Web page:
A Moving Experience

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Blog entry by thewoodwhisperer posted 07-01-2009 05:38 PM 2178 reads 1 time favorited 13 comments Add to Favorites Watch

Moving an entire wood shop is no fun. But you can save yourself a lot of back ache if you hire some help. Money well-spent if you ask me. In this episode I show you everything I did to get my shop ready for the road trip. By no means is this meant to be a guide of any sort. Rather, its just a peak into my personal experience. And if you ever have to move your own shop, you’ll know what you’re in for.

-- For free video tutorials and other cool woodworking stuff, check out

13 comments so far

View interpim's profile


1170 posts in 3455 days

#1 posted 07-01-2009 06:27 PM

Great Video… I am pretty sure I have a shop moving experience coming soon myself. I don’t have near the amount of equipment you have, but I am not looking forward to it.

Do you have any experience with professional movers for cross country moving? being in the military we have to move quite often… I am looking for recommendations on how to set my tools up before the movers get to them.

-- San Diego, CA

View Kindlingmaker's profile


2656 posts in 3523 days

#2 posted 07-01-2009 07:49 PM

...solid, stable mobile bases! ...if it moves tie it down ...if its sharp protect it from a 6’ drop onto concrete if its expensive, insure it!

-- Never board, always knotty, lots of growth rings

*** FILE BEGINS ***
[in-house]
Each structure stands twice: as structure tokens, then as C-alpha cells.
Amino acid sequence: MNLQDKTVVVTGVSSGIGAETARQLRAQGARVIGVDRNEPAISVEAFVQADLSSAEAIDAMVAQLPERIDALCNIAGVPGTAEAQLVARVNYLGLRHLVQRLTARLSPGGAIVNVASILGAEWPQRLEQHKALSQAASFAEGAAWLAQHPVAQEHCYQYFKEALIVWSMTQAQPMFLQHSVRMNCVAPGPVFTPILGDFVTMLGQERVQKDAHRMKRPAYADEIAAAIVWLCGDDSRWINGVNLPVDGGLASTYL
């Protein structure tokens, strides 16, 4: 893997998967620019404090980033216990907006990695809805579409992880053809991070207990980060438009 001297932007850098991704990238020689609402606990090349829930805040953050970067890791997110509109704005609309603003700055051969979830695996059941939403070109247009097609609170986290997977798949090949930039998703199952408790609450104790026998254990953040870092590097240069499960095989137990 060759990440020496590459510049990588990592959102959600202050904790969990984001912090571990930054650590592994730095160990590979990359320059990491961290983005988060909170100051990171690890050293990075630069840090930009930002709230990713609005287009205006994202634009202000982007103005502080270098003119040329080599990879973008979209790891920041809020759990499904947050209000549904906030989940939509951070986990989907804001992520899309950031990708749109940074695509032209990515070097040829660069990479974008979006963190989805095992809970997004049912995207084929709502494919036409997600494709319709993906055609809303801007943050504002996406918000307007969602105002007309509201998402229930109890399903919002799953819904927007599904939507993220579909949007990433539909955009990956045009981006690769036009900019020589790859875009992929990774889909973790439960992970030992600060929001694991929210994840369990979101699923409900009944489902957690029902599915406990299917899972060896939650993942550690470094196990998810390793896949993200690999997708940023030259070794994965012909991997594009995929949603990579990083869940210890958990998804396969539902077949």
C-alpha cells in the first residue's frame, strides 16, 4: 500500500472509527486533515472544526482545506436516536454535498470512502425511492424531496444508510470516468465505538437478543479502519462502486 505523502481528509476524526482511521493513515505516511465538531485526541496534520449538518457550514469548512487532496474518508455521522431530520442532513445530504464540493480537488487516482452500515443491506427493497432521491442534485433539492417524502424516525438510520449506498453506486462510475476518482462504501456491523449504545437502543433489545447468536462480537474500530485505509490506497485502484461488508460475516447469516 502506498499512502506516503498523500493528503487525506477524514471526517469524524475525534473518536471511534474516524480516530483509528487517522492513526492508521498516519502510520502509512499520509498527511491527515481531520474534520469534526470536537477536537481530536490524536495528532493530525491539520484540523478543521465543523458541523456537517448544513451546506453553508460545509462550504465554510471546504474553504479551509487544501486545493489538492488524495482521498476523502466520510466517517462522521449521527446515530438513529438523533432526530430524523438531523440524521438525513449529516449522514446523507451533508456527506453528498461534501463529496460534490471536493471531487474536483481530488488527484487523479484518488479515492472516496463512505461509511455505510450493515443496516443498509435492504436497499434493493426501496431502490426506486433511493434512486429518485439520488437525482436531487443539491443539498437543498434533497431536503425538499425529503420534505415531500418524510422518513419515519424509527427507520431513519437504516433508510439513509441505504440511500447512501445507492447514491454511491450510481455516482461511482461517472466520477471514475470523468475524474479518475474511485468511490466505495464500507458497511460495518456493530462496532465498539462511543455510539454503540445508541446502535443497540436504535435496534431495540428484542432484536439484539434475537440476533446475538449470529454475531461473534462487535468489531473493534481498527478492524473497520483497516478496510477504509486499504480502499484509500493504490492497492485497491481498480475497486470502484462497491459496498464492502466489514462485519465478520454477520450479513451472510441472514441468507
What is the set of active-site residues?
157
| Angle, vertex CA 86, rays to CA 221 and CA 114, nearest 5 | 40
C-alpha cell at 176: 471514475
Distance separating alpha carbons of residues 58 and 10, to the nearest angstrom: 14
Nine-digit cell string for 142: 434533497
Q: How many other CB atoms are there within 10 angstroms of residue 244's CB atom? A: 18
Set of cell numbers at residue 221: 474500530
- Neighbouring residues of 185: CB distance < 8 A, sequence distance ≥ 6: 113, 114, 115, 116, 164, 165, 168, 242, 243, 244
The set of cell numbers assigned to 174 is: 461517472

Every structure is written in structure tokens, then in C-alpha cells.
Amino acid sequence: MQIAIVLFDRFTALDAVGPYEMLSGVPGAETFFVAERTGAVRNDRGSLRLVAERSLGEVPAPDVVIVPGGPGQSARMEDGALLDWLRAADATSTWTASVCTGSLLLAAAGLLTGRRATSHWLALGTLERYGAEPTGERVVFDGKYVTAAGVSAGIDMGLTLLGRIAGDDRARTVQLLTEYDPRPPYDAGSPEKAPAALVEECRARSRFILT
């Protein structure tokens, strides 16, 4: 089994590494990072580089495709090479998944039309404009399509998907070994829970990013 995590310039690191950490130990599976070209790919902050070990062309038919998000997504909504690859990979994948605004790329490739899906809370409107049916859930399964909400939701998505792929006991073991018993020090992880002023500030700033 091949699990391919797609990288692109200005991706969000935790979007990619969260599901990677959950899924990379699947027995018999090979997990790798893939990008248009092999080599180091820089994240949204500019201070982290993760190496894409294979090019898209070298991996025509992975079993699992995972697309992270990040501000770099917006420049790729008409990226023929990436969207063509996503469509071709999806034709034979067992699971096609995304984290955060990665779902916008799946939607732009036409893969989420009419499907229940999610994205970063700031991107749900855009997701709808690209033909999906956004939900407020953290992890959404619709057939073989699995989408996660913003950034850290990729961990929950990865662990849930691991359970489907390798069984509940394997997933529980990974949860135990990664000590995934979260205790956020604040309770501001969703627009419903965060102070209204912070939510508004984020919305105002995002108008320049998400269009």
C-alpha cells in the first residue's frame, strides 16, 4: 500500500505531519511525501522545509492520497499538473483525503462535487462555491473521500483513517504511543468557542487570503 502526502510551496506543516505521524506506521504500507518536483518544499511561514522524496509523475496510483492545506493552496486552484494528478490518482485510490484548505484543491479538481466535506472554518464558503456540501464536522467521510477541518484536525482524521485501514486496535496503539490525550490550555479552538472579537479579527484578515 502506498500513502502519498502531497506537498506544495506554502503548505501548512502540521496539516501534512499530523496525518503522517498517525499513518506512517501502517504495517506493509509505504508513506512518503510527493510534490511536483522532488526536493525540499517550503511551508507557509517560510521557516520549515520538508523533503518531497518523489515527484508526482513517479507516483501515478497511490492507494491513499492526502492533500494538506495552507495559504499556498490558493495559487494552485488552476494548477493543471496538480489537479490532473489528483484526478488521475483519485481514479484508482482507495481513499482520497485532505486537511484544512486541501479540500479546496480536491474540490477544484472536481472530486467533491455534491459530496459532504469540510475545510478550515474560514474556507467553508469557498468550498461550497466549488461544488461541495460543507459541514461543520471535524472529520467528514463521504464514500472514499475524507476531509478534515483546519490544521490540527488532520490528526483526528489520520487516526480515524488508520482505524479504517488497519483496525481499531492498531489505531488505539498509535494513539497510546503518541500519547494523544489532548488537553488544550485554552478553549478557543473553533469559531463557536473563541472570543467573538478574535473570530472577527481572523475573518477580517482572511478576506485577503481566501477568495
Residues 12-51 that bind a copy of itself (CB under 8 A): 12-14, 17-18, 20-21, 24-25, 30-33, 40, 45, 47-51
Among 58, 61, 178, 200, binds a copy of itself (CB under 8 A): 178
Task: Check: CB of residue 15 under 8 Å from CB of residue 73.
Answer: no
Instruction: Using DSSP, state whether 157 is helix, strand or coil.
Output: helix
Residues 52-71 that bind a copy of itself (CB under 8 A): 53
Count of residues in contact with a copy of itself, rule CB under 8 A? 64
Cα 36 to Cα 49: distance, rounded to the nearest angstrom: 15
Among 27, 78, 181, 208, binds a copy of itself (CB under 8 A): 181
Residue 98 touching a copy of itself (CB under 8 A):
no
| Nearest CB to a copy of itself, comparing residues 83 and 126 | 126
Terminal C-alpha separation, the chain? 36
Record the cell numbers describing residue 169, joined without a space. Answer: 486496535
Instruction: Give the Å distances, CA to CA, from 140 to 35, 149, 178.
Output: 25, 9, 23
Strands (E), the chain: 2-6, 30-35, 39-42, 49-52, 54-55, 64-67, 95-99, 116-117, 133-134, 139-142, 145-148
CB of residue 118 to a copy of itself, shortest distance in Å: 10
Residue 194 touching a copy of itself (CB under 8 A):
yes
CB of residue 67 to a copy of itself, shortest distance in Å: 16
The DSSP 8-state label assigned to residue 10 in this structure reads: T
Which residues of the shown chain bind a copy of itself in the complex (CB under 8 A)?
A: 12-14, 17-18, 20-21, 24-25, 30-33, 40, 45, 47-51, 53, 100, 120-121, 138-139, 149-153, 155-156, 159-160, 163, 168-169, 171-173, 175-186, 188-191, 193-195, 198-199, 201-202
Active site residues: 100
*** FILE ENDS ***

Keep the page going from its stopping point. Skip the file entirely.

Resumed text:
View Derek Lyons's profile

Derek Lyons

584 posts in 3565 days

#3 posted 07-01-2009 07:55 PM

interpim; Insurance, insurance, insurance – through your insurer not the moving company.

-- Derek, Bremerton WA --

View Huckleberry's profile


218 posts in 3850 days

#4 posted 07-01-2009 08:32 PM

Look forward to seeing the new shop Marc. It has been a nice ride for you and those of us that have watched your first episodes. Wish you all the best!

-- I cut it twice and the damn thing is still too short!@#$%

View EricWrights's profile


94 posts in 3248 days

#5 posted 07-01-2009 09:59 PM

Great share! I would have had to hire tons of people. That’s a really tough job you’ve achieved.

-- Sawing, sanding, scraping, cutting? Let Rockwell Sonicrafter do the job. & A more general blog at

View topher's profile


15 posts in 3250 days

#6 posted 07-02-2009 06:15 AM

I’ve only recently discovered your podcasts and am working my way through all the episodes. I have learned alot already. I actually joined lumberjocks from your mention on one of your shows. I’m putting together my first shop now and hope to post my first real project soon!!
Congratulations on moving up to the new shop…can’t wait to see it-

-- learning, building, playing

View tooldad's profile


660 posts in 3712 days

#7 posted 07-02-2009 02:20 PM

Looks a lot like what I went through in 2005-2006. in Nov 05 my wife and I found a bigger house with a 1000sf pole barn out back and decided to move from our first house. I spent the next 4 months taking a bare metal pole barn and turning it into my cabinet/furniture shop. In May 06, my wife got transfered from KC to STL. Got to move the tools all over again, but this time 250 miles instead of 5 miles. My 24ft enclosed trailer had 8000lbs of equipment and supplies.

Congrats and good luck.. I wish I was closer I have the experience and the equipment to move stuff like that,and I would have loved to help. However I suppose if I was that close, you probably would have been sick of me by now. lol

View Fuzzy's profile


298 posts in 3985 days

#8 posted 07-02-2009 06:15 PM